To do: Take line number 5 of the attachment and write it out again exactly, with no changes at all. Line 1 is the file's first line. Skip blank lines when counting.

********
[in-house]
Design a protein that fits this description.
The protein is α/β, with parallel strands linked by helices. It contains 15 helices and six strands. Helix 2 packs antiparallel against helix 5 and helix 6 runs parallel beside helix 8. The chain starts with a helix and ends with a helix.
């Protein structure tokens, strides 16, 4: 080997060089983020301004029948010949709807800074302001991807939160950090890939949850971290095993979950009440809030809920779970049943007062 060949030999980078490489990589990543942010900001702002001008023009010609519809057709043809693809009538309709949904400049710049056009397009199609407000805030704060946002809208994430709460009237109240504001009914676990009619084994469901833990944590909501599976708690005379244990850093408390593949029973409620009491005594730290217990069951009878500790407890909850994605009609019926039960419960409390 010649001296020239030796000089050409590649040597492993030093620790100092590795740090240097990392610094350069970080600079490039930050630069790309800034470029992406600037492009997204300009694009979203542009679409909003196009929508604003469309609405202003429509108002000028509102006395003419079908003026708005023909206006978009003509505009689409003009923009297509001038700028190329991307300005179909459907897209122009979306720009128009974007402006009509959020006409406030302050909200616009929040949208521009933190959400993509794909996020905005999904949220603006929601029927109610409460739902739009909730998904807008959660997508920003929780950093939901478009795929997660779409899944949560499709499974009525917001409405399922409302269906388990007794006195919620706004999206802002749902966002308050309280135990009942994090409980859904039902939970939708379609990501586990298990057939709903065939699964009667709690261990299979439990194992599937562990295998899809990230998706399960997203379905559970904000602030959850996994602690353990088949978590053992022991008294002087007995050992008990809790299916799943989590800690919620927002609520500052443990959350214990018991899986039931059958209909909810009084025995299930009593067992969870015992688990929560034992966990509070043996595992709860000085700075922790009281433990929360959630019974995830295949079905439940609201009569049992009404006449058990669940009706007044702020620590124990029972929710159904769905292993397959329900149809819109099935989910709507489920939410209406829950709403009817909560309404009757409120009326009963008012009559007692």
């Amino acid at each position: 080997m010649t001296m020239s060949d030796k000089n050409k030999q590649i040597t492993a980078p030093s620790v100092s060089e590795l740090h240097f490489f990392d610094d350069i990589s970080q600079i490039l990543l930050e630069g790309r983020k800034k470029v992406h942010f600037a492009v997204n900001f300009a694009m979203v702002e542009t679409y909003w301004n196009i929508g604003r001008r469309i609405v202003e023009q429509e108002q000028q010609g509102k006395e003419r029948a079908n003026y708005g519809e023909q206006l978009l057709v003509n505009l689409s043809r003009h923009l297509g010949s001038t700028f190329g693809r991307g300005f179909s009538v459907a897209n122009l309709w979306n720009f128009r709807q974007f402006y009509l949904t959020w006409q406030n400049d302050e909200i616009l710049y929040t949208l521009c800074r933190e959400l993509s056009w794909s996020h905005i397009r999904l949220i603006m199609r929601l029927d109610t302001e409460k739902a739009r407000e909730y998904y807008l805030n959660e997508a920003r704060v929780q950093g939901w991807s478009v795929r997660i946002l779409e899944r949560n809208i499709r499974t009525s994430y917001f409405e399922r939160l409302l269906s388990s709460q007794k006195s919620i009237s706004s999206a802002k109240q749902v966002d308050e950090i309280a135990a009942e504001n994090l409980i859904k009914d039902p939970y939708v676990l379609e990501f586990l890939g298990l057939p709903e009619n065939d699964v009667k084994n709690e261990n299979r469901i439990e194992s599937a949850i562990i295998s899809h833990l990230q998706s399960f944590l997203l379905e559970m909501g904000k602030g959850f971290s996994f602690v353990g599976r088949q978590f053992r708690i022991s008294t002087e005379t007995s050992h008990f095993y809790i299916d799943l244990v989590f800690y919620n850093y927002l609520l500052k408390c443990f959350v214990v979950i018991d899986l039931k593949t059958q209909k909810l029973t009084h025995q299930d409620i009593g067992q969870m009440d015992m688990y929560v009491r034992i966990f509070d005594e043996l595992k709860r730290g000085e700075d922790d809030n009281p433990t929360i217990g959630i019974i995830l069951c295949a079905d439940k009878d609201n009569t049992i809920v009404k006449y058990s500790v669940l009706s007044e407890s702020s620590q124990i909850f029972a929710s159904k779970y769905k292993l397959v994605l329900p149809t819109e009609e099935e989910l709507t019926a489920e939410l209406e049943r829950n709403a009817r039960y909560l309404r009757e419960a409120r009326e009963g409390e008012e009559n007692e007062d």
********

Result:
């Amino acid at each position: 080997m010649t001296m020239s060949d030796k000089n050409k030999q590649i040597t492993a980078p030093s620790v100092s060089e590795l740090h240097f490489f990392d610094d350069i990589s970080q600079i490039l990543l930050e630069g790309r983020k800034k470029v992406h942010f600037a492009v997204n900001f300009a694009m979203v702002e542009t679409y909003w301004n196009i929508g604003r001008r469309i609405v202003e023009q429509e108002q000028q010609g509102k006395e003419r029948a079908n003026y708005g519809e023909q206006l978009l057709v003509n505009l689409s043809r003009h923009l297509g010949s001038t700028f190329g693809r991307g300005f179909s009538v459907a897209n122009l309709w979306n720009f128009r709807q974007f402006y009509l949904t959020w006409q406030n400049d302050e909200i616009l710049y929040t949208l521009c800074r933190e959400l993509s056009w794909s996020h905005i397009r999904l949220i603006m199609r929601l029927d109610t302001e409460k739902a739009r407000e909730y998904y807008l805030n959660e997508a920003r704060v929780q950093g939901w991807s478009v795929r997660i946002l779409e899944r949560n809208i499709r499974t009525s994430y917001f409405e399922r939160l409302l269906s388990s709460q007794k006195s919620i009237s706004s999206a802002k109240q749902v966002d308050e950090i309280a135990a009942e504001n994090l409980i859904k009914d039902p939970y939708v676990l379609e990501f586990l890939g298990l057939p709903e009619n065939d699964v009667k084994n709690e261990n299979r469901i439990e194992s599937a949850i562990i295998s899809h833990l990230q998706s399960f944590l997203l379905e559970m909501g904000k602030g959850f971290s996994f602690v353990g599976r088949q978590f053992r708690i022991s008294t002087e005379t007995s050992h008990f095993y809790i299916d799943l244990v989590f800690y919620n850093y927002l609520l500052k408390c443990f959350v214990v979950i018991d899986l039931k593949t059958q209909k909810l029973t009084h025995q299930d409620i009593g067992q969870m009440d015992m688990y929560v009491r034992i966990f509070d005594e043996l595992k709860r730290g000085e700075d922790d809030n009281p433990t929360i217990g959630i019974i995830l069951c295949a079905d439940k009878d609201n009569t049992i809920v009404k006449y058990s500790v669940l009706s007044e407890s702020s620590q124990i909850f029972a929710s159904k779970y769905k292993l397959v994605l329900p149809t819109e009609e099935e989910l709507t019926a489920e939410l209406e049943r829950n709403a009817r039960y909560l309404r009757e419960a409120r009326e009963g409390e008012e009559n007692e007062d």